Lagardere Active North America, a sister company to French magazine publisher Hachette Filipacchi Medias, is expanding its e-mail program in the United States for its Elle, Elle Girl, Car & Driver, Road & Track and Woman's Day titles.
The company is using e-mail services provider Topica Inc. to relaunch online newsletters for these publications over the next 90 days. Depending on the title, the newsletters will be published weekly, bimonthly or monthly.
“The e-newsletter program for the Hachette titles aims to drive traffic to the host title's Web site, to provide additional revenue through advertising and sponsorship, and to sell additional subscriptions to the offline titles,” said Anna Zornosa, president/CEO of Topica, San Francisco.
E-mail newsletters for Elle Girl went out in mid-June. Similar missives for Elle, Road & Track and Car & Driver go out in July. Woman's Day e-mail newsletters start dropping in September or October.
At launch, the online newsletters will serve 200,000 readers who visited the magazine Web sites and opted in to receive online updates and offers. The sites are Elle.com, Ellegirl.com, caranddriver.com, roadandtrack.com and womansday.com.
“What Hachette will be doing is driving new visitors to their Web sites and use the free e-mail newsletters to create a repeat relationship that can drive a subscription,” Zornosa said.
Nick Ricci, senior vice president of sales at Lagardere Active in New York, agreed.
“Online is an essential component in the company's overall circulation strategy, along with direct marketing and the other elements used to continue to grow our business,” he said.
“We will be continuing this dialogue to learn more about visitor needs [and] develop the customization and personalization tools that will allow for their maximum experience with the branded Web sites,” he said.
Lagardere Web site editors will design all newsletters and prepare editorial content. Topica will be responsible for newsletter delivery, reporting and managing the e-mail lists.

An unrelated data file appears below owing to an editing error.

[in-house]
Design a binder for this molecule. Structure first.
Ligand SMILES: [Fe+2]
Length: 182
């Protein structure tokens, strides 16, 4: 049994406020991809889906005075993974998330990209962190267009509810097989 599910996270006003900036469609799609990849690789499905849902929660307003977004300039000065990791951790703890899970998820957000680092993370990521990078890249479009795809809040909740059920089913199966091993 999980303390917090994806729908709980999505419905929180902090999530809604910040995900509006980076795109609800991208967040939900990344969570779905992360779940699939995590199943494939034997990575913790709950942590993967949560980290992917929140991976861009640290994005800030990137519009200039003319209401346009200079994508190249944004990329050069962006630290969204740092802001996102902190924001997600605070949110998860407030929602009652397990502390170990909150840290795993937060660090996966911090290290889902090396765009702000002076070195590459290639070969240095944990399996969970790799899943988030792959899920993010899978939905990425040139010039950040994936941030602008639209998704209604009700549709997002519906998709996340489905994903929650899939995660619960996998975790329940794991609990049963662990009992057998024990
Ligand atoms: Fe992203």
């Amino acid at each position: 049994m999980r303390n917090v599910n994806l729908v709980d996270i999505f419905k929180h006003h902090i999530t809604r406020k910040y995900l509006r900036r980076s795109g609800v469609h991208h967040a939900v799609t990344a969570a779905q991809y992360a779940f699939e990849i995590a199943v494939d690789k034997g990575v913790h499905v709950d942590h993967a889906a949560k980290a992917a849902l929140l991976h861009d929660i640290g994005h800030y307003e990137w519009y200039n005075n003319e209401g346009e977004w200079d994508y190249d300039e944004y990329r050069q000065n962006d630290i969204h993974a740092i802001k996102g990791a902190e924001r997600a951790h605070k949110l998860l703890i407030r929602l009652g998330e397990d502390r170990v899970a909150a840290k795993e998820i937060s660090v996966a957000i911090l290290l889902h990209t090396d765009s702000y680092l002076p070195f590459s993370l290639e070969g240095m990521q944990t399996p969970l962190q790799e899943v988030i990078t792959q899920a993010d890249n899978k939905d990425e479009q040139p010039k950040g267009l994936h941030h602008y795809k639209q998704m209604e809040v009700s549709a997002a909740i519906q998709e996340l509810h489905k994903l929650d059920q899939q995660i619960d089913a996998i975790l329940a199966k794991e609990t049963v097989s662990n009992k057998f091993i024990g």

“Hachette will provide more insight but will comment on Topica's help in creating designs that encourage readers to subscribe to the magazine and in helping advise on how to get newsletters to be both opened and read in detail,” Zornosa said.
The Internet is an increasingly popular tool for publishers to bolster subscriptions to their print products.
According to the Intertec Planning and Research Survey 2001, 18 percent of new subscriptions for magazines were acquired online in 2001 versus 12 percent in 2000. Web-generated subscriptions were cheaper, too: $2.19 per name against $9.26 for direct mail.
Even renewal costs, at 84 cents for an e-mail, were cheaper online versus $2 for a cover wrap or $6.14 for direct mail. E-mail accounted for 7.8 percent of all renewals nationwide in 2001 versus 5.5 percent in 2000.
Topica relies on this enthusiasm for its claimed status as the nation's third-largest e-mail services provider. It delivers more than 1 billion online newsletters and discussion group messages a month.
Clients of the 4-year-old Topica include AOL Time Warner's People magazine, IDG Communications, CMP Publications, Vanguarde Inc.'s Savoy and Honey, and The National Geographic Society. In all, it serves more than 24 leading magazine titles.
Magazine fulfillment houses are also jumping onto the online bandwagon.
In May, Hearst Corp.'s wholly owned CDS fulfillment subsidiary in Des Moines, IA, launched a new online campaign tool for trimming publishers' mailing costs. Sending bills and renewals online can save a publisher more than 60 percent of the cost of churning out multiple mailings, according to CDS.
Clients now can log onto Gemini, CDS' Internet fulfillment system, for administering tools like online bills and renewals, and newsletters. Messages can be sent in text, HTML and other e-mail formats. Topica, which is connected to Gemini, will offer online lettershop services.
“I think it's essential,” Zornosa said. “It's very important for all titles, because at this point it's a proven fact that customers like to subscribe to magazines online and because the efficiencies of renewing them electronically are saving publishers literally hundreds of thousands of dollars.
“The risk of not adapting to this medium is that they'll miss the opportunity to find new readers whose demographics match those of Web surfers,” she said.